NORFOLK, Va. – Sunday’s NCAA Division III national title game between Salisbury and Bowdoin was more than a showdown between teams.

It also was a showdown between two of the division’s veteran head coaches.

DIII FIELD HOCKEY CHAMPIONSHIP
NATIONAL FINAL
MALOOF: Bowdoin wins title in familiar conditions
MALOOF: Title game showcases top-flight coaches
Recap Highlights Gallery Box Score
MALOOF: Teams with championship pedigree to vie
NATIONAL SEMIFINALS
MALOOF: Salisbury wins in overtime thriller
MALOOF: Bowdoin silences CNU's home-field feel
Preview: No shortage of stories as semifinals loom
Brackets: Interactive | Printable
Both Bowdoin’s Nicky Pearson – whose Polar Bears prevailed 1-0 on a polar-bear-like autumn day at Old Dominion’s L.R. Hill Sports Complex  – and Salisbury’s Dawn Chamberlin have been in the field-hockey coaching business for a while.

Both likely will heap all the praise on their players. But their handiwork shouldn’t go unnoticed.

Pearson just completed her 18th season at Bowdoin; Chamberlin just finished her 27th at Salisbury.

They come from different places, with field hockey as a common background. A native of Hereford, England, Pearson is a graduate of St. Mary’s College of London. She played as a member of the National Field Hockey Club Champions. Chamberlin is an Iowa graduate and four-year letter winner for the Hawkeyes.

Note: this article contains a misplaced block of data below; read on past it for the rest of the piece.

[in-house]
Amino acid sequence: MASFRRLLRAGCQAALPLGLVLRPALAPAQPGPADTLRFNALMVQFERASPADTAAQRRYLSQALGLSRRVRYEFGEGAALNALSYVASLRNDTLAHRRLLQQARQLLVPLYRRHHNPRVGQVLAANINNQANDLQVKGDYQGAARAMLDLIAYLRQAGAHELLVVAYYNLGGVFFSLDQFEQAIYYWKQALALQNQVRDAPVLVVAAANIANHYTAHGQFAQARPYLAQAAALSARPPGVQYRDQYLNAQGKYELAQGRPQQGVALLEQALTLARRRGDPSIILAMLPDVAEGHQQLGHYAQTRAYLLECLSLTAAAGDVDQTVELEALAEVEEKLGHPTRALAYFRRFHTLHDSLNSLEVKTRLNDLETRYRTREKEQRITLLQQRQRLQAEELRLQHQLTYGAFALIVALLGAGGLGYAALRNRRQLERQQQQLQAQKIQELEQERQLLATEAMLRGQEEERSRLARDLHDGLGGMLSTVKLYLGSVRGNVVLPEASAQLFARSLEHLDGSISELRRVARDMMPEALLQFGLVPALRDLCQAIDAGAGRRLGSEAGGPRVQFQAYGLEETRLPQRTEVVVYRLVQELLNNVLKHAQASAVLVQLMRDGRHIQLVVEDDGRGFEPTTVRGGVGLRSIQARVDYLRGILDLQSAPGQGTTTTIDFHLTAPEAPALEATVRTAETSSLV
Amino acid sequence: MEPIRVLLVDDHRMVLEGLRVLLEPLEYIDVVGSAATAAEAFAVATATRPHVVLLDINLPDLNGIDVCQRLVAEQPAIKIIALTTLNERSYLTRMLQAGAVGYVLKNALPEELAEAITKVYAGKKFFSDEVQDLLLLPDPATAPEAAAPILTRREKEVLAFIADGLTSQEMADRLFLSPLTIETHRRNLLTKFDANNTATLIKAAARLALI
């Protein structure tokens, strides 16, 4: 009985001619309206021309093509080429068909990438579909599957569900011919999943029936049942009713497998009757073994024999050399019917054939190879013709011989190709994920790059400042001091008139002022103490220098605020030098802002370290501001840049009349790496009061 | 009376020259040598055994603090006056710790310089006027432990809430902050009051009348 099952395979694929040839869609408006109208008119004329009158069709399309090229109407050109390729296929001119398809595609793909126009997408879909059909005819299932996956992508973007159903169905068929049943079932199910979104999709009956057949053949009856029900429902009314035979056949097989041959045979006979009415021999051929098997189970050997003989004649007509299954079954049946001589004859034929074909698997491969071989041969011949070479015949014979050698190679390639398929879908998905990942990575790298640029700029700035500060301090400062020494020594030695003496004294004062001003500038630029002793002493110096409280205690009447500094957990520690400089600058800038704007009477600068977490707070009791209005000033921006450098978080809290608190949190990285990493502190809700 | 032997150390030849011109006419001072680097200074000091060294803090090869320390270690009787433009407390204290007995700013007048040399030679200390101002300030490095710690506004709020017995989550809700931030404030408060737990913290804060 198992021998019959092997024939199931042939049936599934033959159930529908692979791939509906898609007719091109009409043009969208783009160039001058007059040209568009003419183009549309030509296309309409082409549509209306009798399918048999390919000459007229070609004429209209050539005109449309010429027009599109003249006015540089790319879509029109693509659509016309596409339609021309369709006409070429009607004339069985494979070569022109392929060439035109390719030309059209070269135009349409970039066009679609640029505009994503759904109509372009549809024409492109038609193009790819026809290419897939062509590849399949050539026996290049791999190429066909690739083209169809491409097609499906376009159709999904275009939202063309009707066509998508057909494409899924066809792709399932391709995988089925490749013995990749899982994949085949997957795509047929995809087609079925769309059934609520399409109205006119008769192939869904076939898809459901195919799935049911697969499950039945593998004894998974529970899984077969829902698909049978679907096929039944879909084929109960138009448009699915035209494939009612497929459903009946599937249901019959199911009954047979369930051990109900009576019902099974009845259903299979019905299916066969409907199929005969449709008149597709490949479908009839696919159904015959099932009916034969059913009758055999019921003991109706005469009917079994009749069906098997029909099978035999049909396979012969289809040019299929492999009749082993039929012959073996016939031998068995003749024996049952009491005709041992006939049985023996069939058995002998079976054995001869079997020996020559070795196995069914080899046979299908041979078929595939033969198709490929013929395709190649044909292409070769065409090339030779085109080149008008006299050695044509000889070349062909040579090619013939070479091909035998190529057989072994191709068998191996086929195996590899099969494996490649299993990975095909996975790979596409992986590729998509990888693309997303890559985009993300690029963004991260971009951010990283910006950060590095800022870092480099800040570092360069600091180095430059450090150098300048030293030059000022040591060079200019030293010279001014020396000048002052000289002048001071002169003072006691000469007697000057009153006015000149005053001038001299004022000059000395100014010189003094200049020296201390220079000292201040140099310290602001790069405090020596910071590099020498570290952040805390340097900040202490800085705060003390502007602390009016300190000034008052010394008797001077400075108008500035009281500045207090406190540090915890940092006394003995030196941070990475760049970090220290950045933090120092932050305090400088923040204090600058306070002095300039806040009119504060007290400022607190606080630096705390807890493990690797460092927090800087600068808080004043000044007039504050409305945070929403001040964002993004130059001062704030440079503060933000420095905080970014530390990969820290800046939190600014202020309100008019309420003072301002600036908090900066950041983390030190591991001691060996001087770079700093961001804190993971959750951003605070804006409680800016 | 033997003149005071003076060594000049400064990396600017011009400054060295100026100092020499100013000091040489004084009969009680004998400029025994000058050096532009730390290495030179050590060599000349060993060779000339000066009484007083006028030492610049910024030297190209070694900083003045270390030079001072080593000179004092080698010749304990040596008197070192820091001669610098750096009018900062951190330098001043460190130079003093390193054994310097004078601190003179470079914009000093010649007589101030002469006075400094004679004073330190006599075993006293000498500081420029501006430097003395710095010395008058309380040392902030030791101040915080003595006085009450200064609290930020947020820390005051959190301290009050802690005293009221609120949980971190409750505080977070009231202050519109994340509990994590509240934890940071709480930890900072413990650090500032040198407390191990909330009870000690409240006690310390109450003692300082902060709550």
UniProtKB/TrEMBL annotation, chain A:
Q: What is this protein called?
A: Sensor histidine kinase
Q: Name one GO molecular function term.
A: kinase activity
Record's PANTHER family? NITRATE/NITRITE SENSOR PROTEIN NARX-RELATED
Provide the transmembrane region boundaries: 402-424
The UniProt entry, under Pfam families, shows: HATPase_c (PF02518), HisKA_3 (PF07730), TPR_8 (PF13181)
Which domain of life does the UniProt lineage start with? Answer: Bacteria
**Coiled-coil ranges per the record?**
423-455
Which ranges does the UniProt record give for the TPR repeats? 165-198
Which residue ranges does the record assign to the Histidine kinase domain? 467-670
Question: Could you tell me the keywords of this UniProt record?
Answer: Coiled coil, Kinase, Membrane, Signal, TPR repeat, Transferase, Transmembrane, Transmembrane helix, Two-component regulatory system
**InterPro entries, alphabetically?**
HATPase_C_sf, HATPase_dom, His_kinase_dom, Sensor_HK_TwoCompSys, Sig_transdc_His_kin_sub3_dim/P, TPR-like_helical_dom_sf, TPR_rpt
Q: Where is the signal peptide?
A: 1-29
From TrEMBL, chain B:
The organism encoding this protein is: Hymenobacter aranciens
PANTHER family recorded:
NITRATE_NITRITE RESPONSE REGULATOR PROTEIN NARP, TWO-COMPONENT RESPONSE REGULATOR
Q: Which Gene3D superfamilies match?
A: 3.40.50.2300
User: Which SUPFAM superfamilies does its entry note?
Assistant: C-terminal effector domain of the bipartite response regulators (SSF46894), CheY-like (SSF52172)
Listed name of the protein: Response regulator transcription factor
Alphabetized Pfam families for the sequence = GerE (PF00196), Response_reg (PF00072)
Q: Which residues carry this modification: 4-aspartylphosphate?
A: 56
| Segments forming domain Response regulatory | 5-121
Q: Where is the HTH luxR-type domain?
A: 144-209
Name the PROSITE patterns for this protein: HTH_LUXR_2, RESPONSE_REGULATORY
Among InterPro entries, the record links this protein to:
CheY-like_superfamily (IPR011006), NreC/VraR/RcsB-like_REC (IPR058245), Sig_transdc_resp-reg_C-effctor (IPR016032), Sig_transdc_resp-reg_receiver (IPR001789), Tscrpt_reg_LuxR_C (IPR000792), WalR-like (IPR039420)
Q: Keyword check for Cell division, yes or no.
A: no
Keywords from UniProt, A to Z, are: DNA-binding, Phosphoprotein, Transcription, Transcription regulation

The 2013 Division III title is Bowdoin’s fourth in seven years (2007, '08 and '10). It also ties Pearson with Chamberlin in a very respectable category – they share second place among Division III coaches with four NCAA titles each. Chamberlin’s NCAA Division III titles came in 2003, '04, '05 and '09.

“I have the utmost respect for them and their program,” Pearson said of Salisbury. “Watching them on Friday [during the national semifinals], we knew they had a lot of speed and that they handled the ball very well and defensively they were very solid.”

So was Bowdoin; the Polar Bears held the Sea Gulls to only two shots and one penalty corner, while logging 14 shots and nine penalty corners themselves.

The eventual national champions entered Sunday’s showdown with the nation’s top scoring average (3.36 goals per game) and Salisbury countered by yielding a national-high 0.62 goals per game.

“They were fast and they’re a really skilled team,” Salisbury’s Samantha Johnson said of Bowdoin.

On Sunday, all it took was one goal, scored at 36:51 by Bowdoin senior Katie Riley, who wore her national-champion T-shirt to the post-game press conference.

“It’s my new favorite shirt,” she announced.

The Sea Gulls thought they had tied it on a penalty corner goal at 38:24, but officials ruled the ball bounced off Salisbury’s Courtney Jantzen into the net, negating it.

Pearson said she knew Bowdoin had to play its best field hockey in order to beat another proven power in Salisbury.

“We talked a lot of about stepping up and being the first to the ball and we did that,” she said.

“They’re a very good team,” Salisbury goalkeeper Rachel Clewer said.